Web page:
Article

Hornung, V. et al. AIM2 recognizes cytosolic dsDNA and forms a caspase-1-activating inflammasome with ASC. Nature 458, 514-518

Division of Infectious Diseases and Immunology, Department of Medicine, University of Massachusetts Medical School, Worcester, Massachusetts 01605, USA.
Nature (Impact Factor: 42.35). 02/2009; 458(7237):514-8. DOI: 10.1038/nature07725
Source: PubMed

ABSTRACT The innate immune system senses nucleic acids by germline-encoded pattern recognition receptors. RNA is sensed by Toll-like receptor members TLR3, TLR7 and TLR8, or by the RNA helicases RIG-I (also known as DDX58) and MDA-5 (IFIH1). Little is known about sensors for cytoplasmic DNA that trigger antiviral and/or inflammatory responses. The best characterized of these responses involves activation of the TANK-binding kinase (TBK1)-interferon regulatory factor 3 (IRF3) signalling axis to trigger transcriptional induction of type I interferon genes. A second, less well-defined pathway leads to the activation of an 'inflammasome' that, via caspase-1, controls the catalytic cleavage of the pro-forms of the cytokines IL1beta and IL18 (refs 6, 7). Using mouse and human cells, here we identify the PYHIN (pyrin and HIN domain-containing protein) family member absent in melanoma 2 (AIM2) as a receptor for cytosolic DNA, which regulates caspase-1. The HIN200 domain of AIM2 binds to DNA, whereas the pyrin domain (but not that of the other PYHIN family members) associates with the adaptor molecule ASC (apoptosis-associated speck-like protein containing a caspase activation and recruitment domain) to activate both NF-kappaB and caspase-1. Knockdown of Aim2 abrogates caspase-1 activation in response to cytoplasmic double-stranded DNA and the double-stranded DNA vaccinia virus. Collectively, these observations identify AIM2 as a new receptor for cytoplasmic DNA, which forms an inflammasome with the ligand and ASC to activate caspase-1.

Download full-text

Full-text

Available from: Eicke Latz, Mar 15, 2014
0 Followers
 · 
196 Views
  • Source
    • "E-mail: harri.alenius@ttl.fi double-stranded DNA (Hornung et al., 2009) or the NLRP3 inflammasome which senses and responds to different dangerassociated molecular patterns (DAMPs) such as crystalline and fibrous materials (Duewell et al., 2010; Hornung et al., 2008; Palomäki et al., 2011). Indeed, it has been claimed that NLRP3 inflammasome activation is the crucial step for inflammation induced by engineered nanomaterials (ENM) both in vitro and in vivo, especially in the inflammation induced by hazardous types of fibers (Bhattacharya et al., 2009; Palomäki et al., 2011). "
    [Show abstract] [Hide abstract]
    ABSTRACT: doi: 10.3109/17435390.2014.969346
    Nanotoxicology 10/2014; DOI:10.3109/17435390.2014.969346 · 7.34 Impact Factor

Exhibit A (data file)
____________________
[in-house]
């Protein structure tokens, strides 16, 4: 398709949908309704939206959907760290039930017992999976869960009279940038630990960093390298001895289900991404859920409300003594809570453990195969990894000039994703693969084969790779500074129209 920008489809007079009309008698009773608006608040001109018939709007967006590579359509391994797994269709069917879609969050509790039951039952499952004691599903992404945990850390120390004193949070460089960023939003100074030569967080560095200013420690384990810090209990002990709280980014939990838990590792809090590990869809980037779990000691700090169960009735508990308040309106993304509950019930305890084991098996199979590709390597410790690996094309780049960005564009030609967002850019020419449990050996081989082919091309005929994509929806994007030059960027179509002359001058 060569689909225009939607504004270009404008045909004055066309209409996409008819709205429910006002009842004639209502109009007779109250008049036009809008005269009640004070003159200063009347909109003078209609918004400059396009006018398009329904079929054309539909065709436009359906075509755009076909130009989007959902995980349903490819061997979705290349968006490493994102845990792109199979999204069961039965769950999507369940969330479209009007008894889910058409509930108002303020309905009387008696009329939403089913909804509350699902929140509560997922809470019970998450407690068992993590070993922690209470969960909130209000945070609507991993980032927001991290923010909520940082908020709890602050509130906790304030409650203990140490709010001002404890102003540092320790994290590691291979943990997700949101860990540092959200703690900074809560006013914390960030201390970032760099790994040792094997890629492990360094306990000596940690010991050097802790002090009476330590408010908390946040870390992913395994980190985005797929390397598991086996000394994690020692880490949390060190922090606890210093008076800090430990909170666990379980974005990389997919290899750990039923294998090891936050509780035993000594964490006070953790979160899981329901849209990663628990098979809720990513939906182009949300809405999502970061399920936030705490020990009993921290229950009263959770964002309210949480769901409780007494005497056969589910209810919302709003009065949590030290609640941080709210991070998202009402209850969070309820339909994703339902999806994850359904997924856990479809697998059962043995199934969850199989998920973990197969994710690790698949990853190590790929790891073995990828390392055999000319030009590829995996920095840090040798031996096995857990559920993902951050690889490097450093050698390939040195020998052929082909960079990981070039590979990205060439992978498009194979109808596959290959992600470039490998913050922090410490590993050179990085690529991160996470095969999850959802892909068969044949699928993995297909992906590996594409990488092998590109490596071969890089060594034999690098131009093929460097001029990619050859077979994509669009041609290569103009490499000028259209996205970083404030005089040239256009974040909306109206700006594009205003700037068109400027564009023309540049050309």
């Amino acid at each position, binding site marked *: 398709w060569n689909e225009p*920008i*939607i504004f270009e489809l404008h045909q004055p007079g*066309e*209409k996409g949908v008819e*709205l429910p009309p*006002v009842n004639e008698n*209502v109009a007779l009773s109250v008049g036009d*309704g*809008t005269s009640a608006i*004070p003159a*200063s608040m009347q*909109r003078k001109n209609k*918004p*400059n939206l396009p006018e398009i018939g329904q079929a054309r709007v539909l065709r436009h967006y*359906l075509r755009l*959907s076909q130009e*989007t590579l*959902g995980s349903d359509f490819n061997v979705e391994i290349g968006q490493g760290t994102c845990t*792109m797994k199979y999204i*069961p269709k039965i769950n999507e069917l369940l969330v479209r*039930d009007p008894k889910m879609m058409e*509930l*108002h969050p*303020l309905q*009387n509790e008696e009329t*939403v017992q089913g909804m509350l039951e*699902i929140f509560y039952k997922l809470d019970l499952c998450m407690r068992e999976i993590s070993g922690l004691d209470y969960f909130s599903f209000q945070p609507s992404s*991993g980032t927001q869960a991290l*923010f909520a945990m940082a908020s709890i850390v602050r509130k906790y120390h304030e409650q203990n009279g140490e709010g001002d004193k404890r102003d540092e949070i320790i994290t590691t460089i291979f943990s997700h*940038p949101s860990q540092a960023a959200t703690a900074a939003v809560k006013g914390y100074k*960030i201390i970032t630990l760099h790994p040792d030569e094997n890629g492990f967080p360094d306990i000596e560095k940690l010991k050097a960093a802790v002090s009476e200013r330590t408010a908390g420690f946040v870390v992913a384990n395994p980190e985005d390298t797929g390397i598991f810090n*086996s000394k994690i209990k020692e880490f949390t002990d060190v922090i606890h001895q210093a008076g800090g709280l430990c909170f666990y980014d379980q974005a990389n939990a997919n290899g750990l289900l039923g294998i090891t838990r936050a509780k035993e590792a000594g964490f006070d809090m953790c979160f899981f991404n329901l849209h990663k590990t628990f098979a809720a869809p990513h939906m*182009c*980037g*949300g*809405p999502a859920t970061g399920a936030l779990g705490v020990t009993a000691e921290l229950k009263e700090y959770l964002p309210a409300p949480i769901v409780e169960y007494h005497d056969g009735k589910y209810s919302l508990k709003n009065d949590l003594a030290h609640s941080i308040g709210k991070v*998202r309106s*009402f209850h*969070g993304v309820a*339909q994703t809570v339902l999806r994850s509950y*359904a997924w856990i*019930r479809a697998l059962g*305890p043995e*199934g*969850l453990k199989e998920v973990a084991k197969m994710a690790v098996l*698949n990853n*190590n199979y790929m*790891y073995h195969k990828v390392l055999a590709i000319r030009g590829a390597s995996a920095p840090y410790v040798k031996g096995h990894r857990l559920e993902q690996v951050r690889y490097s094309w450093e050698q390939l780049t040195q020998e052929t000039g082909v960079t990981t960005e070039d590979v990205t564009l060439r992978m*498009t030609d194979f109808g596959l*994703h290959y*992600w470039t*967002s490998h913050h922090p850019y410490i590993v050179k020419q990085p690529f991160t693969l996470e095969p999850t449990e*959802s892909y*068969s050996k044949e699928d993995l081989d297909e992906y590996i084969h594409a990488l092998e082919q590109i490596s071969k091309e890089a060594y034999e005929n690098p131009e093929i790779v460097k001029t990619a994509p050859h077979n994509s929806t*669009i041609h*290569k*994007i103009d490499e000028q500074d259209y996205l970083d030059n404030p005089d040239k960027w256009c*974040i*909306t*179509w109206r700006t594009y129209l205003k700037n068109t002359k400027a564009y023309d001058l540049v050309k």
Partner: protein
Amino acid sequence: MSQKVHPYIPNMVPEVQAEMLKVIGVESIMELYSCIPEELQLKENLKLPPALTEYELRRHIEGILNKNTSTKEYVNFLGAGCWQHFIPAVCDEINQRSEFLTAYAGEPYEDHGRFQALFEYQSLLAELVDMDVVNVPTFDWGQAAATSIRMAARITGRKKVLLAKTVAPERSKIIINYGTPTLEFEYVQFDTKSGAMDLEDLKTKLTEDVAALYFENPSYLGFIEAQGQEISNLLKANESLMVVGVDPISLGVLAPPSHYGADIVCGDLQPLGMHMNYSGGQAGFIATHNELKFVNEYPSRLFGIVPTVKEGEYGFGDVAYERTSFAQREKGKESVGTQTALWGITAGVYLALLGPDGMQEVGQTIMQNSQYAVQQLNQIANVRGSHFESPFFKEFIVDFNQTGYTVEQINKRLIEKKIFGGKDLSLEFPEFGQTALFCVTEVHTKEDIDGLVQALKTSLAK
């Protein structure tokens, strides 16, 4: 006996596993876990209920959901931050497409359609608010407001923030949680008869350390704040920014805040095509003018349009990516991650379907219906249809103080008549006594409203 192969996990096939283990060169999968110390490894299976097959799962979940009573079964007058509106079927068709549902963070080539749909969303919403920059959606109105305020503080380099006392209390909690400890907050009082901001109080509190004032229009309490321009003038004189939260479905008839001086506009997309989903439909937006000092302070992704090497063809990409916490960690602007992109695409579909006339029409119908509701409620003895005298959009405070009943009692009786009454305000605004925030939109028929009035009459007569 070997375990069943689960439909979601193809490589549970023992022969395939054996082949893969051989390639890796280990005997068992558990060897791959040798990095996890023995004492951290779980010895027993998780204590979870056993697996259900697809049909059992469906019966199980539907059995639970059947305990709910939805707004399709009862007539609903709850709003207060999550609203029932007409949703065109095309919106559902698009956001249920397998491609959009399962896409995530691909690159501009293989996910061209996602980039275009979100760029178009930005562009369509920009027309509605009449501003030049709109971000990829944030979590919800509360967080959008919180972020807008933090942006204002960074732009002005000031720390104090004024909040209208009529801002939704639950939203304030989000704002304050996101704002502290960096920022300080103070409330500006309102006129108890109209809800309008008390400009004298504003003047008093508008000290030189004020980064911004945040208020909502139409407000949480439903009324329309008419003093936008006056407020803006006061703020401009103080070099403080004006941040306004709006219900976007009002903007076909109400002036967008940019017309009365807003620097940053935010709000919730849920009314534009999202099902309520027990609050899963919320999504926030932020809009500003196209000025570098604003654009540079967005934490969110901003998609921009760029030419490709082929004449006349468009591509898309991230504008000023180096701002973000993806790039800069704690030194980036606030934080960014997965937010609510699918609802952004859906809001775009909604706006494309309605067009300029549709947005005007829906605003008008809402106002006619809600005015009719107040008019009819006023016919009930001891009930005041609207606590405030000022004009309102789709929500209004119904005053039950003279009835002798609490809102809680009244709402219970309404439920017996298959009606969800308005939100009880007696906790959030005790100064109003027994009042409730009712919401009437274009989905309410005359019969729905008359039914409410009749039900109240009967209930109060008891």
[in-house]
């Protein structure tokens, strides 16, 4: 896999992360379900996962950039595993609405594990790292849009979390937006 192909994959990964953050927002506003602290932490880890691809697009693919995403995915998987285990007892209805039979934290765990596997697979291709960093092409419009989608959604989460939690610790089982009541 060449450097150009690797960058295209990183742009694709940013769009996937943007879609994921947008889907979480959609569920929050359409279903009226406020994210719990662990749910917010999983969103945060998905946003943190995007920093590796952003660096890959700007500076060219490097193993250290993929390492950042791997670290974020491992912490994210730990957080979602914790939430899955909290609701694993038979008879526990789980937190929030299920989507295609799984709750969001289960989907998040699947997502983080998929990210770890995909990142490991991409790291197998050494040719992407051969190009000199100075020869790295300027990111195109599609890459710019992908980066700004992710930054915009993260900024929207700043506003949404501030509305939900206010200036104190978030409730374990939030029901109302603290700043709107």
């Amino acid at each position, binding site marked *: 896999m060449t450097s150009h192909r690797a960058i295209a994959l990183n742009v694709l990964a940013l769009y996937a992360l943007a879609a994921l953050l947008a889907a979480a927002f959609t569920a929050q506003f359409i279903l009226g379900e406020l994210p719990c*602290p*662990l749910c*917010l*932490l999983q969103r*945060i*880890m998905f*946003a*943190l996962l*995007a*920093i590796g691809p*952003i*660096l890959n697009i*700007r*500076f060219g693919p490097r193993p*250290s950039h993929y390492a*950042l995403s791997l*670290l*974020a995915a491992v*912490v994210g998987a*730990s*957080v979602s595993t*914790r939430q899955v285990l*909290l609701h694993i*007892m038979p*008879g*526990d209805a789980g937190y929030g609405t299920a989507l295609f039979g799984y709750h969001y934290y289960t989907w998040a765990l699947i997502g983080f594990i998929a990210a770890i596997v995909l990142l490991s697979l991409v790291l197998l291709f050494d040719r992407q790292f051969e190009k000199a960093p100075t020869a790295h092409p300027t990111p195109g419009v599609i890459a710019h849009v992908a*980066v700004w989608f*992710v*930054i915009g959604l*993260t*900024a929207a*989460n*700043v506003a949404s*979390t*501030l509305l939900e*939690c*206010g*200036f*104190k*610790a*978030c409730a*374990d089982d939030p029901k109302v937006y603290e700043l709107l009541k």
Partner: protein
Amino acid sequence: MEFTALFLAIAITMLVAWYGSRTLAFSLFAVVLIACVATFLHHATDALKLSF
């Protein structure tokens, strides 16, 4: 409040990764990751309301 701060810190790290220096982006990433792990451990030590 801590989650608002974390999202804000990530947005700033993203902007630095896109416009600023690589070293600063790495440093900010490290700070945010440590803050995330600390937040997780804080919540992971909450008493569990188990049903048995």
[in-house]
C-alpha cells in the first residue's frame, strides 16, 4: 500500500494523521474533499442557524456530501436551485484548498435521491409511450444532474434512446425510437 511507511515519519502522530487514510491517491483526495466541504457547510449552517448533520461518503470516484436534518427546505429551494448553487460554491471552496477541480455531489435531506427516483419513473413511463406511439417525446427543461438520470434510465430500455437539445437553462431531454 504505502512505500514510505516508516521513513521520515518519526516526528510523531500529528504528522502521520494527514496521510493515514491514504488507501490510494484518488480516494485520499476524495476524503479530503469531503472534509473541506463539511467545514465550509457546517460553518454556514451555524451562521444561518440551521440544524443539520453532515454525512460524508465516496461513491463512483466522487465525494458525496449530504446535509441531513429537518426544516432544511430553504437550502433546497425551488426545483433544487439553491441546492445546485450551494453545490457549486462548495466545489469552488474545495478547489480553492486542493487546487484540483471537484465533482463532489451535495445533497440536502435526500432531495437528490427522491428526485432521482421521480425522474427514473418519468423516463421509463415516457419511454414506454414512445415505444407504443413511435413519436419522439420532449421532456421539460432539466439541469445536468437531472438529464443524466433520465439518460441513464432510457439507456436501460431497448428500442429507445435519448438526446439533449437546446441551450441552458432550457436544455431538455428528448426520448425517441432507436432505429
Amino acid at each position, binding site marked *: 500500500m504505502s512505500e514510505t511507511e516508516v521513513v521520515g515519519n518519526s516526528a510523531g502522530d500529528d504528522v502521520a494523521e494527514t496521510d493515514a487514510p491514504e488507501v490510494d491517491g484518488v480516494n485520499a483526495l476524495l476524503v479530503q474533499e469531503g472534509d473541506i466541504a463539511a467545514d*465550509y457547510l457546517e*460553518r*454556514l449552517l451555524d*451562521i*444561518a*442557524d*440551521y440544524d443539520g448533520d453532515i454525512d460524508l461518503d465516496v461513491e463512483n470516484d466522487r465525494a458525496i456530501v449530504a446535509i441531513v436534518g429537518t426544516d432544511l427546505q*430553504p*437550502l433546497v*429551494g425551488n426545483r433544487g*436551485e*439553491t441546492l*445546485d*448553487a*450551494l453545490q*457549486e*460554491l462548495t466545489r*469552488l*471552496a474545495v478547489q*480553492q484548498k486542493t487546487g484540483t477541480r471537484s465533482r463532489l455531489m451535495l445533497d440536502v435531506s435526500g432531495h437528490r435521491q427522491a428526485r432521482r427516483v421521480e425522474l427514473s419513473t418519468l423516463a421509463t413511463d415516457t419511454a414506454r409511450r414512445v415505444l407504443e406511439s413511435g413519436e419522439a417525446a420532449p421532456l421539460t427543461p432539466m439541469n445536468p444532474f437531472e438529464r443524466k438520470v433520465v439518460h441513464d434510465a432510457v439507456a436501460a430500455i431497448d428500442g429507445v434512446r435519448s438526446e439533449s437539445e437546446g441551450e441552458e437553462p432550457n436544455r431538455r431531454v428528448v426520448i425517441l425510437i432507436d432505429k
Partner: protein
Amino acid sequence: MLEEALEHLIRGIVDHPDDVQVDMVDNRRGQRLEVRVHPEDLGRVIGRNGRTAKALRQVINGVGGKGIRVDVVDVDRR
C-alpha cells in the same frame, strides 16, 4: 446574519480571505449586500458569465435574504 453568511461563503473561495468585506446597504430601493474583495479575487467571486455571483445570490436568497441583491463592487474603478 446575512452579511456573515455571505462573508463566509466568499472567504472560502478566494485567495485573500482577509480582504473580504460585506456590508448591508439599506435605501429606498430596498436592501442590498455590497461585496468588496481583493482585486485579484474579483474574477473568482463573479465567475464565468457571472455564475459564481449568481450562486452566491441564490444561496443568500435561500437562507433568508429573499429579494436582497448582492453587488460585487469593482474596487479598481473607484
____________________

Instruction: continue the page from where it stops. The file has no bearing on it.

• Source
    • "Membrane bound and intracellular PRRs cooperate to fully activate IL-1b and IL-18 release. Absent in melanoma 2 (AIM2) has been recently identified as a cytosolic double-stranded DNA (dsDNA) sensor, contributing to the inflammasome complex by combining with ASC and caspase-1 [6]. The ligands of AIM2 are cytosolic dsDNAs, coming from viruses, bacteria, and the host. "
    Journal of Hepatology 10/2014; 62(1). DOI:10.1016/j.jhep.2014.10.003 · 10.40 Impact Factor
  • Source
    • "RLRs Viral dsRNA, polyA:C ROS Tal et al. (2009) ALRs dsDNA, polyA:T Cytosolic DNA Adamczak et al. (2012), Hornung et al. (2009) (e.g., IRAK4). IRAK activation signals engagement of TRAF6, an E3 ubiquitin ligase. "
    [Show abstract] [Hide abstract]
    ABSTRACT: Pattern recognition receptors (PRRs) are part of the innate immune response and were originally discovered for their role in recognizing pathogens by ligating specific pathogen associated molecular patterns (PAMPs) expressed by microbes. Now the role of PRRs in sterile inflammation is also appreciated, responding to endogenous stimuli referred to as “damage associated molecular patterns” (DAMPs) instead of PAMPs. The main families of PRRs include Toll-like receptors (TLRs), Nod-like receptors (NLRs), RIG-like receptors (RLRs), AIM2-like receptors (ALRs), and C-type lectin receptors. Broad expression of these PRRs in the CNS and the release of DAMPs in and around sites of injury suggest an important role for these receptor families in mediating post-injury inflammation. Considerable data now show that PRRs are among the first responders to CNS injury and activation of these receptors on microglia, neurons, and astrocytes triggers an innate immune response in the brain and spinal cord. Here we discuss how the various PRR families are activated and can influence injury and repair processes following CNS injury.
    Experimental Neurology 08/2014; 258:5–16. DOI:10.1016/j.expneurol.2014.01.001 · 4.62 Impact Factor
Show more